Volcanoes - THE THIRD PLANET VOLCANOES Introduction Eric....

Info iconThis preview shows pages 1–3. Sign up to view the full content.

View Full Document Right Arrow Icon
THE THIRD PLANET Eric. R. Swanson – spring 2009 VOLCANOES Introduction If your grade school teacher taught you anything about geology it may well have been that a volcano consists of a mountain with fire and smoke coming out of the top. Unfortunately your grade school teacher had it wrong and now is the time to put bury the smoking mountain theory along with any thought that diamonds are made by Superman squeezing coal and that the moon is made of green cheese. A volcano, it turns out, has nothing to do with fire or smoke and it may not even be a mountain. A volcano is a vent through which molten rock arrives at the surface . Molten rock, or magma as it is called, is hot enough to be incandescent. Erupting magma glows in the dark and so the confusion with fire. Igneous rocks, however, will not burn. An hour or two spent trying to light a block of basalt should be enough to convince even the most dedicated fans of the smoking mountain theory. Rocks will melt and glow just as hot steel does. Magma arrives at the surface and is erupted through an opening called a vent, but magma is typically not just molten rock. Most magma has already started to solidify by the time they reach earth’s surface and so have had time to crystallize at least a few solid mineral grains. Magma also contains dissolved gas, much like the carbon dioxide gas dissolved in soft drinks. Pulling the top off of a soda relieves the pressure and causes the gas to bubble out. The same thing happens when magma rises to clear the vent of the solidified magma from the last eruption. Magma bubbles burst and rise upward as very small chunks and slivers of rock that resembles smoke, but volcanic clouds are not the result of burning and they contain bits of solid rock and not particles of soot. Without gas, the volcano would not erupt. So the following is some of what should be taught in grade school: VOLCANOES: YOU DON'T WANT ONE IN YOUR YARD by Dr. I.M.A. Picklehead Ph.D. Let's learn about volcanoes, It isn't really hard. You probably know already You don't want one in your yard. But do volcanoes flame, as some folks claim, Or puff smoke in addition? Are they always cratered mountain tops, What is their definition? A fiery, smoking mountain So the story usually goes. But there really is no fire, Only molten rock that glows. 1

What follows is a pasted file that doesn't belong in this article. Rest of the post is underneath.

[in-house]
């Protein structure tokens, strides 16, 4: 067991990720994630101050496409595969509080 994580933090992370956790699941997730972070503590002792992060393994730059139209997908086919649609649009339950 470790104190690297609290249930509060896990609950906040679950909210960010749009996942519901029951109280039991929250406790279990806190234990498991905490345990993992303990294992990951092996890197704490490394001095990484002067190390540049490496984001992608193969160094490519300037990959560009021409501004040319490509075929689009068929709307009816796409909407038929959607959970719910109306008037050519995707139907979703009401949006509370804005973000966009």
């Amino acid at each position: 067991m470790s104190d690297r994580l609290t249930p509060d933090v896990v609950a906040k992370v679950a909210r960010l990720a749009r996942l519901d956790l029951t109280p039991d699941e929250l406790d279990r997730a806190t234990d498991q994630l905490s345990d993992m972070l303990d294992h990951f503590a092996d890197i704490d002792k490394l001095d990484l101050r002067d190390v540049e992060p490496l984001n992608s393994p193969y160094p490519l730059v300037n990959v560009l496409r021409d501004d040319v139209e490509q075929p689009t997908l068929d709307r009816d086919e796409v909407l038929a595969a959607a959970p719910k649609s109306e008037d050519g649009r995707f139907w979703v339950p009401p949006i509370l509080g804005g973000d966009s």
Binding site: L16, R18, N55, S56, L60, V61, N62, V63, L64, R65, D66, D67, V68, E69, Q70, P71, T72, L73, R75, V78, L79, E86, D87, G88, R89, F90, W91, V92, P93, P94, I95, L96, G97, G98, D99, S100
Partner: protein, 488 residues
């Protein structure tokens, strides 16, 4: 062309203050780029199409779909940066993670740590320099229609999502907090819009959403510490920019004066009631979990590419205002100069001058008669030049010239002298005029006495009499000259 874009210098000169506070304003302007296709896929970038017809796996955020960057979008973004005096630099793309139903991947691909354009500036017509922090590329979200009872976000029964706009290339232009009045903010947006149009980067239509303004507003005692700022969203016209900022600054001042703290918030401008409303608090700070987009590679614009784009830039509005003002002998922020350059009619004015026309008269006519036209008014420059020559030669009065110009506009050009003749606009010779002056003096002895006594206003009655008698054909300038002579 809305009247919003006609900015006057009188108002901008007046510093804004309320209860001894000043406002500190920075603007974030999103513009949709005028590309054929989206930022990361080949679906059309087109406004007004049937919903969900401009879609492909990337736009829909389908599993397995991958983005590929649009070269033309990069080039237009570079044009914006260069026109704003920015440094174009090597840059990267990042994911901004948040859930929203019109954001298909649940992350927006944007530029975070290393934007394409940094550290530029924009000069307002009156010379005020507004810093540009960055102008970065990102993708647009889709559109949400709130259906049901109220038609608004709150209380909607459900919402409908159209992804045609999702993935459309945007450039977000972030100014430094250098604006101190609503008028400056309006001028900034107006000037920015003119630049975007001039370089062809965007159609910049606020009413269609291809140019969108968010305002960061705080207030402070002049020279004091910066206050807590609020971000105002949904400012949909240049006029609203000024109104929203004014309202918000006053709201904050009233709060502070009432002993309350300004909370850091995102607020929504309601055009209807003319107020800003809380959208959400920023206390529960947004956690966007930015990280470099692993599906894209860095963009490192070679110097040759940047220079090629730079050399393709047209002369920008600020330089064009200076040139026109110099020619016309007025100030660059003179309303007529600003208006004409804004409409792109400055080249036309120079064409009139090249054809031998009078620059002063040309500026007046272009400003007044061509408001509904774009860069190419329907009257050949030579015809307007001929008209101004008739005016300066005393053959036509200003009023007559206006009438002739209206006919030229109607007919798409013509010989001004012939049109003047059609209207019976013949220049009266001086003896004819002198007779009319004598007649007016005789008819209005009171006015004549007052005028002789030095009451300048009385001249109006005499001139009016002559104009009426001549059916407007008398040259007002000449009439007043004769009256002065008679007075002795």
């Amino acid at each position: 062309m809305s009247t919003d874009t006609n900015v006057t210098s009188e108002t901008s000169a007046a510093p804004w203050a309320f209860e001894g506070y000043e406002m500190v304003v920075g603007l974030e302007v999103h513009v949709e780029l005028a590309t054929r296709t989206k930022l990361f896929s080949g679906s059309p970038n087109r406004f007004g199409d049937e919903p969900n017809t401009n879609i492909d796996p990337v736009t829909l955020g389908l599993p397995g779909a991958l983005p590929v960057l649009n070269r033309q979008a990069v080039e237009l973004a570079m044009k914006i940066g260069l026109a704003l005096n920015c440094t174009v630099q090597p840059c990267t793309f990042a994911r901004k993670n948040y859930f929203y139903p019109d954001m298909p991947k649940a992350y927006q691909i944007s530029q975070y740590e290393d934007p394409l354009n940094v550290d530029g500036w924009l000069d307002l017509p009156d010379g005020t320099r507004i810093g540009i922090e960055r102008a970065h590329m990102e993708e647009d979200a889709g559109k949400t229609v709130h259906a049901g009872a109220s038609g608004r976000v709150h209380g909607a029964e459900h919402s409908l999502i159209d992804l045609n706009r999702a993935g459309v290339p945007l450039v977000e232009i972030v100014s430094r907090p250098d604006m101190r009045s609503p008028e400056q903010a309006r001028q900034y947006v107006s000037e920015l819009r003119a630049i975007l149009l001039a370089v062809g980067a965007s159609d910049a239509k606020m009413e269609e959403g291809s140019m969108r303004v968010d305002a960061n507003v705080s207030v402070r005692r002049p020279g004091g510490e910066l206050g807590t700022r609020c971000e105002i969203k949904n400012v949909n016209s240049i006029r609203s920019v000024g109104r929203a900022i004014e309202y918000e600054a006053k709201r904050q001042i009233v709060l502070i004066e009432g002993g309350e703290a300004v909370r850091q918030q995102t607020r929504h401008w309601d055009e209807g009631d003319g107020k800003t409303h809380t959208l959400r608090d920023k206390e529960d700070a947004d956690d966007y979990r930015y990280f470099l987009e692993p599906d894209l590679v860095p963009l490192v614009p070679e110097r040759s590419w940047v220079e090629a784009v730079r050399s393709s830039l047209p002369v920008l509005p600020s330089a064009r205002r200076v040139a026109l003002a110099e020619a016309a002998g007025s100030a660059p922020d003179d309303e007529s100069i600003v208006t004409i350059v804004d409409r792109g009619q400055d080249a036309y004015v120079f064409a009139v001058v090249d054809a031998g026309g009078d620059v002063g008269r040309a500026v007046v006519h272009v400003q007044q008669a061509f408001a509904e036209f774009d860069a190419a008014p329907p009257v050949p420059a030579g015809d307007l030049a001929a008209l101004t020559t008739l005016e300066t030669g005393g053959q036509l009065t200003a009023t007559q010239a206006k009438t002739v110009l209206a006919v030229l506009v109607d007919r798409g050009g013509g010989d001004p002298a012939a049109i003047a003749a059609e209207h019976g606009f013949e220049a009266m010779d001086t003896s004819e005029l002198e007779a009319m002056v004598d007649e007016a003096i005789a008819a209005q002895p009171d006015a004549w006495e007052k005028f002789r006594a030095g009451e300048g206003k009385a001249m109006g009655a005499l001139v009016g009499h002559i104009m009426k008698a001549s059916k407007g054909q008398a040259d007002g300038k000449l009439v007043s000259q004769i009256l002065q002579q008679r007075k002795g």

Background image of page 1

Info iconThis preview has intentionally blurred sections. Sign up to view the full version.

View Full DocumentRight Arrow Icon
THE THIRD PLANET Eric. R. Swanson – spring 2009 And that "smoke" is specks of molten rock That's blown to bits by gas. It just seems to billow up like smoke, And fall to earth as ash. A volcano's just a place from out which Molten rock is sent. An opening at Earth’s surface, Through which ash and lava vent. Volcanic Rocks Volcanic rocks can be classified into three main types based upon the rock’s composition. Basalt is a dark, heavy rock that is relatively rich in heavy elements like iron and magnesium and relatively low in silicon. Rhyolite is compositionally at the other end of the spectrum. Rhyolite is so high in silica that there is not room for other
Background image of page 2
Image of page 3
This is the end of the preview. Sign up to access the rest of the document.

This note was uploaded on 09/09/2009 for the course GEO 301 taught by Professor Long during the Spring '07 term at University of Texas at Austin.

Page1 / 18

Volcanoes - THE THIRD PLANET VOLCANOES Introduction Eric....

This preview shows document pages 1 - 3. Sign up to view the full document.

View Full Document Right Arrow Icon
Ask a homework question - tutors are online